9 July 2014
Last updated at 06:16
The race between Prabowo Subianto (L) and Joko Widodo (R) is seen as too close to call
About 190 million registered voters are casting ballots in for the president of Indonesia, the world’s third largest democracy.
They are choosing between Joko Widodo, the governor of Jakarta, and Prabowo Subianto, an ex-army general.
Opinion polls so far have suggested that it will be a very tight race.
Mr Widodo, also known as Jokowi, appeared to be leading in opinion polls early on, but that margin narrowed as Mr Subianto gained ground.
Commentators say undecided voters will have a significant impact on results. About one-fifth of Indonesians fell into this category in late June surveys.
‘Respect the choice’
The first polls opened at 07:00 local time on Friday (22:00 GMT on Thursday) in the east of the country. Jakarta and the island of Java began voting two hours later at 07:00 in their time zone (0000 GMT).
Voting began first in eastern parts of Indonesia, which has three time zones
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30% will be first-time voters at
479,183 polling stations on
8,000 inhabited islands across Indonesia and overseas
Turn-out was expected to be high across the nation
Outgoing President Susilo Bambang Yudhoyono cannot stand for another term as the constitution has a two-term limit. After casting his ballot, he urged all parties to respect the poll result.
“Our democracy is at a relatively mature state, and our people enjoy the freedom to choose,” the outgoing leader said.
“Therefore, I hereby urge all the leaders and political elites in this country to respect the rights of the people, respect the freedom of the people to choose their leader.”
Mr Widodo, the one-time front-runner from the Indonesian Democratic Party of Struggle (PDI-P), is a popular figure with the public.
He is supported by young people in both urban and rural areas who see him as a clean politician in a country beset by corruption.
Alice Budisatrijo, BBC News, Jakarta:
A steady stream of people have been coming in to a polling station in the crowded Menteng neighbourhood in Jakarta. The population is so dense that there are four polling stations within a 300m radius.
Officials were not quite ready at 07:00 local time (23:00 GMT) when the booths were supposed to open. But early voters waited patiently as many people in the football-mad country stayed up all night watching the Germany-Brazil game.
Today’s turn-out is expected to be high as this is a contest that has generated an unprecedented enthusiasm about the country’s future leader. While the two candidates’ visions for the country sound similar, their drastically different personalities have captivated and divided the nation.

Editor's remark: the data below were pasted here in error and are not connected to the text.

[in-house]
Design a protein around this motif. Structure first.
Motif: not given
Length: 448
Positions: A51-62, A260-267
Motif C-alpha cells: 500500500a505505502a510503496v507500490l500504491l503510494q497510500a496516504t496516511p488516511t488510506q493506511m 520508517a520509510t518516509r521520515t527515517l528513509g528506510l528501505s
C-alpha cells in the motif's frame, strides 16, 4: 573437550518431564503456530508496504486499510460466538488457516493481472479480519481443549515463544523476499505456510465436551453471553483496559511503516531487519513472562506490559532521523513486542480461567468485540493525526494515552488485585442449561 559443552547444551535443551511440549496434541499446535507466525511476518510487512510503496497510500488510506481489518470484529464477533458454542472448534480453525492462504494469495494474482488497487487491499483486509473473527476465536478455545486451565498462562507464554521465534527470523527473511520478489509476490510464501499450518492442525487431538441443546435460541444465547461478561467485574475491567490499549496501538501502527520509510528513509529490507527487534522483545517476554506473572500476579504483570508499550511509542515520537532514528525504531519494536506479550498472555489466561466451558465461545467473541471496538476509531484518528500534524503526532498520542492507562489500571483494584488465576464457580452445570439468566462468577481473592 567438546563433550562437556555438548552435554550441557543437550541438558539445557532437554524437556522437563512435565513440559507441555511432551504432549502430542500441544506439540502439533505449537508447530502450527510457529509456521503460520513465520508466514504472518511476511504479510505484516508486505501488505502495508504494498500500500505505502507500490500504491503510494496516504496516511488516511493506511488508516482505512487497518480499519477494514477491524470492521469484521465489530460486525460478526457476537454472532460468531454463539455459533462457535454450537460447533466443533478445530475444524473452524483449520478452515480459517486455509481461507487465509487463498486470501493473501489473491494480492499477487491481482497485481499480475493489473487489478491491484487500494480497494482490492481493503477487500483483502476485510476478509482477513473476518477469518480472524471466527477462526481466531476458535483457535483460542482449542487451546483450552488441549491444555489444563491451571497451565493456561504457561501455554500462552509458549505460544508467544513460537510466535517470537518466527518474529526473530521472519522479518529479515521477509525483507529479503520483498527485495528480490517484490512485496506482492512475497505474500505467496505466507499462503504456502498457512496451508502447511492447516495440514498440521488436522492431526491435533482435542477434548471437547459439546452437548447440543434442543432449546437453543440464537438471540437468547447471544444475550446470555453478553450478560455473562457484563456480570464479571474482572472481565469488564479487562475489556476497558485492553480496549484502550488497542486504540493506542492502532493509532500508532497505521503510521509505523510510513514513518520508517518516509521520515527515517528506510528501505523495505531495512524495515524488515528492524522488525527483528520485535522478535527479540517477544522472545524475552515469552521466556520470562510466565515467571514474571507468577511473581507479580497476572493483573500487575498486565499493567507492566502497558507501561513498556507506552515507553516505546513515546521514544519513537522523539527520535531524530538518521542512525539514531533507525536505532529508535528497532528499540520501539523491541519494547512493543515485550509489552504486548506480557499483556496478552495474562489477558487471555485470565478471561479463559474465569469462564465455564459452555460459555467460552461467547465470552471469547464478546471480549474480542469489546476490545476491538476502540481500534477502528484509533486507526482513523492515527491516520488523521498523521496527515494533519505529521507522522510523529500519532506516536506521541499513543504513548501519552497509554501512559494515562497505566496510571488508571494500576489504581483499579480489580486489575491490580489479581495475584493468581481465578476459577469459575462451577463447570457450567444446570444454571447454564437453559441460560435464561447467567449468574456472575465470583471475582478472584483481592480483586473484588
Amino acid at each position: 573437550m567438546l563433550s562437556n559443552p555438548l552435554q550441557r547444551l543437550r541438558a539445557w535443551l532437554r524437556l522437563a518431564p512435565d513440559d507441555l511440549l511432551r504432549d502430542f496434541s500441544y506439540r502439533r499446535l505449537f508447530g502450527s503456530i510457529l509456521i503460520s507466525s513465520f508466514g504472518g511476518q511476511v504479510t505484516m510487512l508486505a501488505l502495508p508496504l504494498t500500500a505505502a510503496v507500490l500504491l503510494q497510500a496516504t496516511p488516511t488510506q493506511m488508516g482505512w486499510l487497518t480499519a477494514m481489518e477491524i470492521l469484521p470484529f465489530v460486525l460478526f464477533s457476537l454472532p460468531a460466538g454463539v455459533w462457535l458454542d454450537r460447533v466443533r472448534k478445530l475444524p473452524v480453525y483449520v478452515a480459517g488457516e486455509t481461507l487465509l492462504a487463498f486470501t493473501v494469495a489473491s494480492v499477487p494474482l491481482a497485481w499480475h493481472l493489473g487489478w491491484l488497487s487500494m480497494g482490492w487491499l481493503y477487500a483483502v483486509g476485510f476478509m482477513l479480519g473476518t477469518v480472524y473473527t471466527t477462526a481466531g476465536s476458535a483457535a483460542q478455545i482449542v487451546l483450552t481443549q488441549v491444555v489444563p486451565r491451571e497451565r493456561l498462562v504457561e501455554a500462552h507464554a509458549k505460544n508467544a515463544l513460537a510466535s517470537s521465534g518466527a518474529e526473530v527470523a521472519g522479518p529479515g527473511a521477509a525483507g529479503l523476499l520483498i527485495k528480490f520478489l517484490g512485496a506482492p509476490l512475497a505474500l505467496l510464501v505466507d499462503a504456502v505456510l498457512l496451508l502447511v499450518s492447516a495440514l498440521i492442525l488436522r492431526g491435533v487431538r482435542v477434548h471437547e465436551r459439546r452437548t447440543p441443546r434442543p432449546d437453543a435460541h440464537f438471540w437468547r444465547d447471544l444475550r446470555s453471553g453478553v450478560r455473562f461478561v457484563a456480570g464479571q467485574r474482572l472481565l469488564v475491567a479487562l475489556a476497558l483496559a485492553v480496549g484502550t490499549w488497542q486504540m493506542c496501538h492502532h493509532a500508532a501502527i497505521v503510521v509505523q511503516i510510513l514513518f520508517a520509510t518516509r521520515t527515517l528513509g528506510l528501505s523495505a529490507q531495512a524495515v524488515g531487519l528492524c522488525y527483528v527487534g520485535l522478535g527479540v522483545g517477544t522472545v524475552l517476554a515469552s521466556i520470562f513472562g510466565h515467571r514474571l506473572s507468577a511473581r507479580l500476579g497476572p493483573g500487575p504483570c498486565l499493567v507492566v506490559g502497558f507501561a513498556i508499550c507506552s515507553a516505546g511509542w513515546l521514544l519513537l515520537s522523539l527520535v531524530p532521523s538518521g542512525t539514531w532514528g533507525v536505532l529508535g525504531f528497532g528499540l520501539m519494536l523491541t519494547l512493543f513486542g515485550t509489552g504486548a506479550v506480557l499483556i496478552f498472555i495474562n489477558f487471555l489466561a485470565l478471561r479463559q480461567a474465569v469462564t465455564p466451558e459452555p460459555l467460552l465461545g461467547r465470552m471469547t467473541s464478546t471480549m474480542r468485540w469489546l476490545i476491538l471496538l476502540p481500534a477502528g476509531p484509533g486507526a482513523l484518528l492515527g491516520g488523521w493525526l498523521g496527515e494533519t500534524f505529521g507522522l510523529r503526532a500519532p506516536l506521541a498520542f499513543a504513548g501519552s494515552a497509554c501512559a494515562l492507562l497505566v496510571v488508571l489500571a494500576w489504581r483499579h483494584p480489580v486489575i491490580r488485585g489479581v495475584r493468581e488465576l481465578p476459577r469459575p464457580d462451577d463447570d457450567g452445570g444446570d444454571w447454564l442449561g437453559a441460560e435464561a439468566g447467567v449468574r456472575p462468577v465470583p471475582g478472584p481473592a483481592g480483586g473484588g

The test for Indonesia’s democracy will be when the results are announced. Patience and tolerance may be in shorter supply.
But critics say he lacks experience in national politics and international relations.
He is supported by Indonesia’s most popular Islamic Party, the National Awakening Party (PKB), and the National Democrat Party (NasDem).
Mr Subianto, from the Great Indonesia Movement Party (Gerindra), is seen as a convincing campaigner and a decisive man with good knowledge of defence, because of his military background.
He has, however, been dogged by allegations of human rights abuses committed during former dictator Suharto’s regime, which ended in 1998.
In the final days of Suharto’s rule, the unit which he commanded is accused of kidnapping, torturing and killing activists protesting against Suharto.
Mr Subianto is supported by Golkar, which is Indonesia’s second largest party. He is also endorsed by the Democratic Party (Demokrat) of current leader Susilo Bambang Yudhoyono.
Both campaigns have used nationalistic rhetoric on the economy, corruption and other domestic issues such as infrastructure and social security, but they have been less vocal on detailed policies on job creation and boosting economic growth.
The poll, taking place across hundreds of island, is a major logistical challenge
Ballot boxes have been ferried to remote islands in speedboats and sent by helicopters to far-flung hamlets
Ahead of the vote, election officials delivered ballot boxes to polling stations around the country, ferrying them to Indonesia’s numerous islands by speedboat, carrying them on horseback along mountain paths and dropping them off at remote hamlets with helicopters and small planes.
Meanwhile in Jakarta the authorities have deployed 22,300 policemen to keep the peace, reports say.
The official result will be announced on 21-22 July, but independent and unofficial poll counts will be provided later in the day on Wednesday and are considered accurate.
The new president will be inaugurated on 20 October and will have to appoint a cabinet within two weeks.
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